Longstanding cultural norms make life hard for many women in Addis Ababa, including deep-seated chauvinism that is apparent in many street corners.
Yet the authorities make little allowance for verbal intimidation, and it often pays to maintain a dignified silence rather than tackle the perpetrators. Tibebeselassie Tigabu and Mihret Aschalew investigate this depressingly familiar problem.
Thomas Sankara, the revolutionary leader who led Burkina Faso from 1983 to 1987, once said: “We do not talk on women's emancipation as an act of charity or as a surge of human compassion. It is a basic necessity for the triumph of the revolution. Women hold up the other half of the sky.” Do Ethiopian women hold up the other half of the sky? Not according to the streets of Addis. The teenage girl walking in the Giorgis area who was verbally abused by a group of men did not feel like she was holding up the other half of the sky. The harrowing incident happened a couple of months ago, with the men calling her degrading names, bullying her, telling her how she was inappropriately dressed and describing the immoral things they wanted to do to her.
Forgetting that a woman is a person worthy of respect and who has the right to control her body, they lectured and tried to regulate the way she dressed. They looked at her as mere entertainment, yet throughout the insults she remained calm and composed before it was over.
This is not a unique story, rather it is the day-to-day reality for many Ethiopian girls and women on the streets of Addis Ababa.
The male chauvinism is visible everywhere, starting from the streets, the shops, moving on to schools and workplaces, with daily threats and intimidation as a violation of their human rights. In some cases it goes beyond verbal insults, progressing to physical abuse. Some of the comments are paternalistic and demeaning, while others can be dangerous, masked within an understanding vocabulary, such as saying, “smile”, conveying the message of submissiveness. And comments like, “talk to me”, inferring the obligation for a woman to spare time for any man who requests it. In a society that normalizes early marriage and domestic violence, it is another crime that is tolerated by silencing its girls and women
Women are made to feel uncomfortable and fear walking the streets if it means passing groups of men, who observe the female form as if it were an alien thing. Many take the abuse, scared of speaking up, considering it as a sign of getting attention, while others choose to fight and develop self-defense mechanisms. Mekdes Melaku, 17, a student at Miskaye Hizunan Medhanialem Church, decided to maintain silence and get on with her life. She comes from the Cazainchis area and has to walk a short distance from her taxi, when she often faces derogatory remarks. “It happens to girls/women,” she says, as if it is a normal occurrence.
She does not mind if they call her “yene konjo” (my beauty), but is upset if they mention the scar on her face. Another victim of the insensitive Addis streets, still she prefers to be silent and walk shamefully past. She knows if she says anything she might face a worse situation, such as being slapped or beaten up. This has happened to her since she was 13 or 14, and the frequent insults have killed her fighting spirit. Now she thinks it is the fate of every girl to suffer like this, and happens because men view women as their property, wanting to dominate in every way. The street is full of men who want to teach women how to be women. In a country with ravishing poverty, where women are physically abused, raped and tortured, verbal assault can seem like the least of their problems, yet many believe oppression is the same whatever form it takes. One is Bethlehem Gebre, currently studying for her PhD at the University of South Africa, who boldly says that Addis Ababa is not a safe place for women. She believes that in Ethiopia women are not considered to be human beings and often have their dignity violated, their existence “objectified as a sexual being, making us less than human”.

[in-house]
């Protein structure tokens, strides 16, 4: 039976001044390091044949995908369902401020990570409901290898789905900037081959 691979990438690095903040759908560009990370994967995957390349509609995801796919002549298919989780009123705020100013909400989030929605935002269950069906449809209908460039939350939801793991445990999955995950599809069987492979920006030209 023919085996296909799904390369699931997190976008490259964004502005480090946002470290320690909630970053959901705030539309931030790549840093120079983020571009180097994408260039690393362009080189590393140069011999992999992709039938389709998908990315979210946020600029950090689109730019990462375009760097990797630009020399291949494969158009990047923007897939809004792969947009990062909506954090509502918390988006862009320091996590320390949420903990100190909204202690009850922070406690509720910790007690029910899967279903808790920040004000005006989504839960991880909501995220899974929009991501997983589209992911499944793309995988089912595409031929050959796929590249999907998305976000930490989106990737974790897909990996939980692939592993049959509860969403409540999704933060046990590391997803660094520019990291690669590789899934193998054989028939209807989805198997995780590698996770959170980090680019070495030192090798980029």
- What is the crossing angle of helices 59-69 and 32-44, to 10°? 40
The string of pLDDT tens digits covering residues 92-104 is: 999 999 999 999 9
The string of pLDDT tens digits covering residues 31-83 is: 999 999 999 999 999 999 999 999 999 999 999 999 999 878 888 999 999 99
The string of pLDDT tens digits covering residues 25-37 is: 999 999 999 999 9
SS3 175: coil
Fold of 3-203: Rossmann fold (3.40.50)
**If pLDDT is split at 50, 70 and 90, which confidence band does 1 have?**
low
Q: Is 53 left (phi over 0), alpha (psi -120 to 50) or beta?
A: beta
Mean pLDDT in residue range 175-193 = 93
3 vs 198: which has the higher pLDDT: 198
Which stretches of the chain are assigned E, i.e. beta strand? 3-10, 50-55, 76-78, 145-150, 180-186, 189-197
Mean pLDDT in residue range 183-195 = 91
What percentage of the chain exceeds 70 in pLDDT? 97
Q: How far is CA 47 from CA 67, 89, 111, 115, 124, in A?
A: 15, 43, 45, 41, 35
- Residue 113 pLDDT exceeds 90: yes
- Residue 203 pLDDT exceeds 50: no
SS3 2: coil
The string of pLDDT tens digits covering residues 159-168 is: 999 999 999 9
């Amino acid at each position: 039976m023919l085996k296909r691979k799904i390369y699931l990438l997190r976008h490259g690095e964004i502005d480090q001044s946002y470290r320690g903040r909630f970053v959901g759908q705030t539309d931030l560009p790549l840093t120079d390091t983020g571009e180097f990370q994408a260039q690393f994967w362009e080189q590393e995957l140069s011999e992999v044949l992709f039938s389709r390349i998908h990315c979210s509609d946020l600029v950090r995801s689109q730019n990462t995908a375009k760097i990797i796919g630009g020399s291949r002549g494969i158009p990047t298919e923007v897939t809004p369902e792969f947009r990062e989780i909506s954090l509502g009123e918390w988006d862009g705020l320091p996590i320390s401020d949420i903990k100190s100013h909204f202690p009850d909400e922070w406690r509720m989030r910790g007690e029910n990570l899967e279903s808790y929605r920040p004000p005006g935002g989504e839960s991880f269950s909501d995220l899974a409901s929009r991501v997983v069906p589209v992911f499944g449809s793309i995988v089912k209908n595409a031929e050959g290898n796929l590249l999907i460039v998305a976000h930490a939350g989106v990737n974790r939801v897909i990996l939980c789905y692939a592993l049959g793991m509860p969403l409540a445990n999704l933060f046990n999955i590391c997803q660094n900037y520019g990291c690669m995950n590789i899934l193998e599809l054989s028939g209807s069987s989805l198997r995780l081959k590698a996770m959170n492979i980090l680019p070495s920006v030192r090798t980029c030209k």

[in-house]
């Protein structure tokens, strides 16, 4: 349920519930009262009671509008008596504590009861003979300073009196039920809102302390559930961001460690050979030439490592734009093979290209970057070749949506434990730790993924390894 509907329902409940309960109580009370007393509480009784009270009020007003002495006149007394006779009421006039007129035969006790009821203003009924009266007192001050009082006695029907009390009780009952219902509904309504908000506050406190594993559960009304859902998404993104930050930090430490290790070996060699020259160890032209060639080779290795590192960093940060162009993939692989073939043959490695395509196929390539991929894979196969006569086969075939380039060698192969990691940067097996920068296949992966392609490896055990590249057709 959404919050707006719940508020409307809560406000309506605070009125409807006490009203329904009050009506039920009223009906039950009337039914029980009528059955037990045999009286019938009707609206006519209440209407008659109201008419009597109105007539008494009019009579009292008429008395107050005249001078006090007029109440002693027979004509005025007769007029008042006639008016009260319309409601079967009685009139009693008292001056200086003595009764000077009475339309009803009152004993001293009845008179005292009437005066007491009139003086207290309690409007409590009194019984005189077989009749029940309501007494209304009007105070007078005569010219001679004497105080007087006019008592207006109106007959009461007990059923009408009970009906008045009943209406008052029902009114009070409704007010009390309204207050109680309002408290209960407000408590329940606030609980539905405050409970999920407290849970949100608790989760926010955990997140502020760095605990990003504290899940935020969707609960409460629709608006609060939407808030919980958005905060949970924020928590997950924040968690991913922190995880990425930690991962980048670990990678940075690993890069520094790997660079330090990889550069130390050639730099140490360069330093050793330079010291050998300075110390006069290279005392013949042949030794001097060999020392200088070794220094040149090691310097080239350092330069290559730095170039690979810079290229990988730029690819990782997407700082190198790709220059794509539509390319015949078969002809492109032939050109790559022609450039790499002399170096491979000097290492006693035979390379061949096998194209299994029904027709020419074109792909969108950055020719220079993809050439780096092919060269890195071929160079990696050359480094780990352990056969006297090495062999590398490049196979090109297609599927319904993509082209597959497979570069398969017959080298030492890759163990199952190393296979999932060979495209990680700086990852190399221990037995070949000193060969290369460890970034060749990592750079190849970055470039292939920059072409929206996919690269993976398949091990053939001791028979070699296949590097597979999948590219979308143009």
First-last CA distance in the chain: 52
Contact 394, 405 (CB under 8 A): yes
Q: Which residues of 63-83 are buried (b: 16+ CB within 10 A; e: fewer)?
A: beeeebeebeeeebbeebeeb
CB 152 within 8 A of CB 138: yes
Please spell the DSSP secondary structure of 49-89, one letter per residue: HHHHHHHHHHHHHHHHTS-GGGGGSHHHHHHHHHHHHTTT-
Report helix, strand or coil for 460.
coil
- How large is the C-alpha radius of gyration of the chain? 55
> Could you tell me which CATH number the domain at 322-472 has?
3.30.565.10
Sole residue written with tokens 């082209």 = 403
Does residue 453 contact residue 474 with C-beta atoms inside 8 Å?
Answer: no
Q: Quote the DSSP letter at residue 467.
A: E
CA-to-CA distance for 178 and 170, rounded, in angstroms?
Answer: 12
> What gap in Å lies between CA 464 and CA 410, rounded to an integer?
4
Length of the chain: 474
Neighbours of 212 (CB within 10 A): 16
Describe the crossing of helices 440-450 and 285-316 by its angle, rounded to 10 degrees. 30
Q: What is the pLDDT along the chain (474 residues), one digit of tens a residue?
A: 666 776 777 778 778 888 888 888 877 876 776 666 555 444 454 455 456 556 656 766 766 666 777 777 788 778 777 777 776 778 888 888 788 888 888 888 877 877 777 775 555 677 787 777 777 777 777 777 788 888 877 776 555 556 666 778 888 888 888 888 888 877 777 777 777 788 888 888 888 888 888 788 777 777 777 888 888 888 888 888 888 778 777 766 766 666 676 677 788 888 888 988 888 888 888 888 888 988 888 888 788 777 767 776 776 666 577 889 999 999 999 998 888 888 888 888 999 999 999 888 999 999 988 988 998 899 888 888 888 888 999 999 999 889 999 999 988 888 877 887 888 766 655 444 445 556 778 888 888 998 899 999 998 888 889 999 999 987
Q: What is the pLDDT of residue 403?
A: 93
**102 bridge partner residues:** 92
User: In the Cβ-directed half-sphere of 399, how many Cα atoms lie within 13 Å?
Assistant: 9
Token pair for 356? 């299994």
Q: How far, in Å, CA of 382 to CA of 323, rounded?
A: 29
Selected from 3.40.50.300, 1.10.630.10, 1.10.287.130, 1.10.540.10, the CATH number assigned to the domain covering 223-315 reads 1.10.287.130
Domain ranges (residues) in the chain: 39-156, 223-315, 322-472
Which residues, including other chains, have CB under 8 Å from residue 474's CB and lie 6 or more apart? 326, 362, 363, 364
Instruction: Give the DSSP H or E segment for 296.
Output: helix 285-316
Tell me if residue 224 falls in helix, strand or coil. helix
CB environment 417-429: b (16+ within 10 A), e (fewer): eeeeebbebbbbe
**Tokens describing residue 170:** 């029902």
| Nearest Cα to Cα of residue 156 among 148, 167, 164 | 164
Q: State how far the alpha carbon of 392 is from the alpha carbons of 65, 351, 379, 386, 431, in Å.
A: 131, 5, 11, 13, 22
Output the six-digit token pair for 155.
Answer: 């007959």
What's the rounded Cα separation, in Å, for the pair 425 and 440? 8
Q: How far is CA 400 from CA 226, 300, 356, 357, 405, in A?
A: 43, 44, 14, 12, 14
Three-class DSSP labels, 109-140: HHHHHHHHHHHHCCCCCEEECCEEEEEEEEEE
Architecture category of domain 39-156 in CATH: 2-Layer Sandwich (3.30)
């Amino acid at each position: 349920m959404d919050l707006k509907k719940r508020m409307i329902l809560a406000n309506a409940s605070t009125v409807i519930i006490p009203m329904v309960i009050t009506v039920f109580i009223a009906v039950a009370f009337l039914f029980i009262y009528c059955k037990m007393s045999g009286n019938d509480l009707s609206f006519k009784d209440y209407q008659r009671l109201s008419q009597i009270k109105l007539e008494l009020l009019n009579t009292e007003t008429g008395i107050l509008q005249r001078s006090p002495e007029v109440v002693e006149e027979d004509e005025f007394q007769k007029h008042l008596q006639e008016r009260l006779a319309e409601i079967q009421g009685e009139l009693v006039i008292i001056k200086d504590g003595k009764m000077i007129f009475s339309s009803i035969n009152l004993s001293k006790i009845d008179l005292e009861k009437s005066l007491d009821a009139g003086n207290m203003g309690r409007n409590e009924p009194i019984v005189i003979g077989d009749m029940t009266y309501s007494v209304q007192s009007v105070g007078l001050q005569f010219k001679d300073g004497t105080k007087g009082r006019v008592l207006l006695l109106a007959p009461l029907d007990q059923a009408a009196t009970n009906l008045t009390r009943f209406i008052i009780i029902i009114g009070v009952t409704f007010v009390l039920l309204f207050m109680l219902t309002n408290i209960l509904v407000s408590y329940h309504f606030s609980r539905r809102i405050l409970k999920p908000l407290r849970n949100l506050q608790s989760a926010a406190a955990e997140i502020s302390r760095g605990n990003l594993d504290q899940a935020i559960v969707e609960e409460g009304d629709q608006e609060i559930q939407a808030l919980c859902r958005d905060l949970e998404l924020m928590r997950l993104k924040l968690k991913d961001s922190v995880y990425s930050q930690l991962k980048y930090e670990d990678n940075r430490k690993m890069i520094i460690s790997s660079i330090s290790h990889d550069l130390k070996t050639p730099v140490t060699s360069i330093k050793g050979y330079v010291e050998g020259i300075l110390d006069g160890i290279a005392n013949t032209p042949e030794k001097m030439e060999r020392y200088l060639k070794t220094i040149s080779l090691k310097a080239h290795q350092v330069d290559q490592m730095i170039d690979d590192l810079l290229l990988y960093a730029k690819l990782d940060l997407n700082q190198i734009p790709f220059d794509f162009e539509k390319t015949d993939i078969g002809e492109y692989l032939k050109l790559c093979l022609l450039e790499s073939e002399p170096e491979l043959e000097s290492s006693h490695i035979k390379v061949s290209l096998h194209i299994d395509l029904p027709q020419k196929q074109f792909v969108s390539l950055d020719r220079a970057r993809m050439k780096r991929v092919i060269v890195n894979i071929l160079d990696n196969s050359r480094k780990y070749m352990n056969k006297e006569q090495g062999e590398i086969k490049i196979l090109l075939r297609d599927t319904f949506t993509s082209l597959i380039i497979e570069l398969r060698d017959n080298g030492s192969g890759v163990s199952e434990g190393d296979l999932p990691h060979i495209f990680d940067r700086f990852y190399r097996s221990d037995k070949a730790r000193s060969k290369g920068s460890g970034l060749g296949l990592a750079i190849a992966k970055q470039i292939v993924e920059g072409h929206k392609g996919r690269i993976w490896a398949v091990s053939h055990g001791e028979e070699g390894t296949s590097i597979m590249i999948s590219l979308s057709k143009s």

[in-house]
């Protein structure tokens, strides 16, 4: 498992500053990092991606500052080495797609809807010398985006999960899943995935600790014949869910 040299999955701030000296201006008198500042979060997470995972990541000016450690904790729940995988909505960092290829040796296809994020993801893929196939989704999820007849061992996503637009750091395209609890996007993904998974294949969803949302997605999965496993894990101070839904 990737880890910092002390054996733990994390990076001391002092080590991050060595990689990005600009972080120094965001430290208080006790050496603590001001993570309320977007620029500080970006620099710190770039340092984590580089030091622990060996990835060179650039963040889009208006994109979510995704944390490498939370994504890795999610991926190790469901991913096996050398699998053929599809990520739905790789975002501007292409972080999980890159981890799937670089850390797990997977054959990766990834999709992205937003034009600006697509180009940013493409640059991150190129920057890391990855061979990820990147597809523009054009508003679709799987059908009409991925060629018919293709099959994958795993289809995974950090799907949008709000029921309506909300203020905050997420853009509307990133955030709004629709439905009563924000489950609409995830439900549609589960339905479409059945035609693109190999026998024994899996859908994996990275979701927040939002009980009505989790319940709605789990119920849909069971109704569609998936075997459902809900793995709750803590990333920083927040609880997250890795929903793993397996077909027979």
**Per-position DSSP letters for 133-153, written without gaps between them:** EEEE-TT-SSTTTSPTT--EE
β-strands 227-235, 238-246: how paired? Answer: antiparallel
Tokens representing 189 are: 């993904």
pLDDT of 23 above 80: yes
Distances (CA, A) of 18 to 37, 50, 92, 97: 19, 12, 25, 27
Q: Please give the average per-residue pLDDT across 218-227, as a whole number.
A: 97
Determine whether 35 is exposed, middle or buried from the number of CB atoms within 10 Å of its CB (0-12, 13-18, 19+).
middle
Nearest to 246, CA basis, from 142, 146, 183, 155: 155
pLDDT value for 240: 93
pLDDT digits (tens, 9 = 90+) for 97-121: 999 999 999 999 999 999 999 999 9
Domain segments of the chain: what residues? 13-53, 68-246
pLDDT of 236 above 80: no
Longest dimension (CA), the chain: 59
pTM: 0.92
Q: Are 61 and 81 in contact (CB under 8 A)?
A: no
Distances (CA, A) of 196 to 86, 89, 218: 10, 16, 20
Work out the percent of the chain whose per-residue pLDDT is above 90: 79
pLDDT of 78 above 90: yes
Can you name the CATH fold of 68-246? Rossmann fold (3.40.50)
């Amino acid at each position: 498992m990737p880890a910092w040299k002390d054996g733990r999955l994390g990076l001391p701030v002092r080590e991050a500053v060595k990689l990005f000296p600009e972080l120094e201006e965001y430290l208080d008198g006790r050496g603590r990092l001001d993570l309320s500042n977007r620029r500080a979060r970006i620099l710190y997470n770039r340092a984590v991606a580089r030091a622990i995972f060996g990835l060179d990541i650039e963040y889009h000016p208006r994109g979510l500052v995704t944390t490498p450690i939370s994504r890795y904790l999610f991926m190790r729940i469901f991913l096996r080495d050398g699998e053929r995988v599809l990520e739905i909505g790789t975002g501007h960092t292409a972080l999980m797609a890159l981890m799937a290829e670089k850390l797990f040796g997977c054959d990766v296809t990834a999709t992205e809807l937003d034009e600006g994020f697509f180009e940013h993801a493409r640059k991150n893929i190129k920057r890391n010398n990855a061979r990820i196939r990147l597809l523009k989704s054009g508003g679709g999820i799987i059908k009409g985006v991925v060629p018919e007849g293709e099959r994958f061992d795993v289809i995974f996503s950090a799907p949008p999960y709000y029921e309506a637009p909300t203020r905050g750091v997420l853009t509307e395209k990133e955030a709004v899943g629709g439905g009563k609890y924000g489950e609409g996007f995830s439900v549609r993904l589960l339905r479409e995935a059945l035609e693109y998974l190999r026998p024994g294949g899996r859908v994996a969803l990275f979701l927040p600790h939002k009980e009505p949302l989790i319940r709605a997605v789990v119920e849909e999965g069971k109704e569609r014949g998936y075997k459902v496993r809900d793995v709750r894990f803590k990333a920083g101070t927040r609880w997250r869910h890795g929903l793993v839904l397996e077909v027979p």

The patriarchal society allows men to be the makers and breakers of everything, which according to her is deeply engraved in a “beautiful culture” that normalizes the oppression of women. The root cause for this patriarchy, Bethlehem believes, lies in the definition of masculinity. Starting from childhood girls are portrayed as weak, subordinate and created for men, while men are depicted as strong, providers, brave and aggressive. “We grow up hearing that. ‘Don't cry, you are a man? Be strong!' Or comments like, ‘Are you a woman?' These definitions define how women and men should act,” Bethlehem told The Reporter.
Her alternative to eliminate sexism and misogyny states that children should grow up in a “no gender” society, where roles and behavior are not defined. It seems that it is not just parents who play an important role in raising and shaping a child, but the whole community, including schools and the media. She remembers an incident when her young son tried to differentiate men and women using jobs and roles, like how they dress or walk, after listening to his teacher. Bethlehem deliberated this conditioning and decided to talk to his teacher, who, according to her, did not understand patriarchy or the normalization of oppression. Toys like Barbie Dolls for young girls imply submission from an early stage, she says, while toy guns and race cars for boys put them as the aggressors, all playing a vital role in shaping children. Even though submissiveness can be interchanged as “good woman or wife material”, she does not take that stand. She has got into fights when defending herself, like once while waiting for a taxi the weyala (a taxi driver's assistant) asked if she was working on the street (a prostitute), to which she responded by slapping him, unafraid of any retribution.